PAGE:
Journal article

Rural dimensions of elder abuse: contributions to the No Secrets review from rural older people

Authors:
CORNES Michelle, MANTHORPE Jill, HASELDEN Noreen
Journal article citation:
Journal of Adult Protection, 12(3), August 2010, pp.20-29.
Publisher:
Emerald

This paper explores elder abuse in rural communities. As part of the consultation around the review of the guidance document 'No Secrets', published by the Department of Health in 2008, a project was commissioned to listen to the views and experiences of a group of older people living in a rural community in Lancashire and Cumbria. The participants were 15 members of a County Forum for the Older Person who were divided into 2 focus groups. The groups discussed questions taken from the 'Keeping People Safe – Tell us how we can help' booklet and some case vignettes. This article reports on the findings of the consultation process and lessons for the review. These largely support the literature in confirming the variety of experiences and views held by rural older people, their personal activity related to protection of themselves and their sense of heightened vulnerabilities but also security from living in rural areas.

Journal article

Ageing cities: public health approaches to creating a mentally healthy London for older citizens

Authors:
MANTHORPE Jill, et al
Journal article citation:
Journal of Public Mental Health, 8(3), September 2009, pp.20-27.
Publisher:
Emerald

At a time of increasing interest in mental health in later life, the role of public health approaches is potentially heightened. This paper draws on interview data with older people living in London to consider the interplay between personal and public approaches to health and well-being. The interviews were under taken as part of the midpoint review of the UK government's 10-year strategy for older people (Healthcare Commission et al, 2006) and the social characteristics of London are considered.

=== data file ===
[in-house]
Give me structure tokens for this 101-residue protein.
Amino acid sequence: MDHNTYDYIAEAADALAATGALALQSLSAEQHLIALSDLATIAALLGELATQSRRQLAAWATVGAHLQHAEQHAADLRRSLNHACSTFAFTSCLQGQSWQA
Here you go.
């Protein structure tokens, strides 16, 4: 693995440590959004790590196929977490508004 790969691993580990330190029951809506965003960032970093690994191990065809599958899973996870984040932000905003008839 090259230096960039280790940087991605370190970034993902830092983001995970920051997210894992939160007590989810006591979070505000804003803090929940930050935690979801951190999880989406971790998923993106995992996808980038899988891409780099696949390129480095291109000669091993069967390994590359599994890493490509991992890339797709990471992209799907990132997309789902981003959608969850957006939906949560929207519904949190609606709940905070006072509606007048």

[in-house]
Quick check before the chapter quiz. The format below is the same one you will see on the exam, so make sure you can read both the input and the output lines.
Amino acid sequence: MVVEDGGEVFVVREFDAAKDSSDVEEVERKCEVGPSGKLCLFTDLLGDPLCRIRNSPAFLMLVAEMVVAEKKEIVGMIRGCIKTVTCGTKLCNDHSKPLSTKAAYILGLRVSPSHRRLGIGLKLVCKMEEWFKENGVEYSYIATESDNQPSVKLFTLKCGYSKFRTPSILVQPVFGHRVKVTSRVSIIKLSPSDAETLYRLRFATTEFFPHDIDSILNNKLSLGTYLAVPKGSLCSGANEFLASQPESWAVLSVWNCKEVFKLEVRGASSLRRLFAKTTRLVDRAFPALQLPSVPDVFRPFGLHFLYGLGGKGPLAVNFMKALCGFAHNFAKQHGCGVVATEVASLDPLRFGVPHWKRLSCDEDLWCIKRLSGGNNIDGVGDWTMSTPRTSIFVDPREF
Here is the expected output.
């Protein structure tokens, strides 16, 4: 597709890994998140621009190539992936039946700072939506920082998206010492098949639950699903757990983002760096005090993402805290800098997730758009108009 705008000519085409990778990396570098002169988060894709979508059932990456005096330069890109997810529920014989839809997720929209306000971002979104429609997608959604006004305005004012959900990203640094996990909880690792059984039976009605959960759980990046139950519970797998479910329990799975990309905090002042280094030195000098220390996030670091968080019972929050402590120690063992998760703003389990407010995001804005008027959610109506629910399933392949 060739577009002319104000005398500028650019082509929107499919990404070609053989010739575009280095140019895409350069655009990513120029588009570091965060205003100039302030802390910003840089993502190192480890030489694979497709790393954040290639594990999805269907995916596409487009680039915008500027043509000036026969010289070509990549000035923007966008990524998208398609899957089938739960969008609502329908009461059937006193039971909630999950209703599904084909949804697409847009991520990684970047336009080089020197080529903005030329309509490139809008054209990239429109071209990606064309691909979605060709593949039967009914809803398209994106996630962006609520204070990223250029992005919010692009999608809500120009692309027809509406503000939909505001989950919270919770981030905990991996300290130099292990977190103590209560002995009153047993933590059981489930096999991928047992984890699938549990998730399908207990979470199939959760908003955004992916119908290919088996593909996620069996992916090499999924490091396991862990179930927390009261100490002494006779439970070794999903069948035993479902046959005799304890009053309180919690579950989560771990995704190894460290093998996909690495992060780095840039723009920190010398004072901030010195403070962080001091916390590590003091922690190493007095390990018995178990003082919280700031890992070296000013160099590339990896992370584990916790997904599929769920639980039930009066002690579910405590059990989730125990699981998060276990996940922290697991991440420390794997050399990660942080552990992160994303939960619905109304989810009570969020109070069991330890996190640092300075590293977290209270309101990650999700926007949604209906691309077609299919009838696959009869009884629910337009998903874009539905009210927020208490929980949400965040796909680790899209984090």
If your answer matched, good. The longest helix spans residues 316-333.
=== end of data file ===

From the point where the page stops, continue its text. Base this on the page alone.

Journal article

Purchasing power: getting the best for older people

Authors:
MANTHORPE Jill, ILIFFE Steve
Journal article citation:
Mental Health Today, November 2008, pp.26-29.
Publisher:
Pavilion
Place of publication:
Hove

The authors discuss some of the challenges facing commissioners who are purchasing mental health services for older people. They briefly highlight some of the main complexities which include: the complexity of older people's identities; the make up of workforces; the difficult nature of work with older people; and the multiple agencies involved in working with older people. It is argued that consistent application of a long-term strategy, which allows the accumulation of small changes across agencies and disciplines, is likely to be the key to success. It sets out the issues that need to be addressed, the pitfalls to avoid, and examines a series of objectives for commissioners.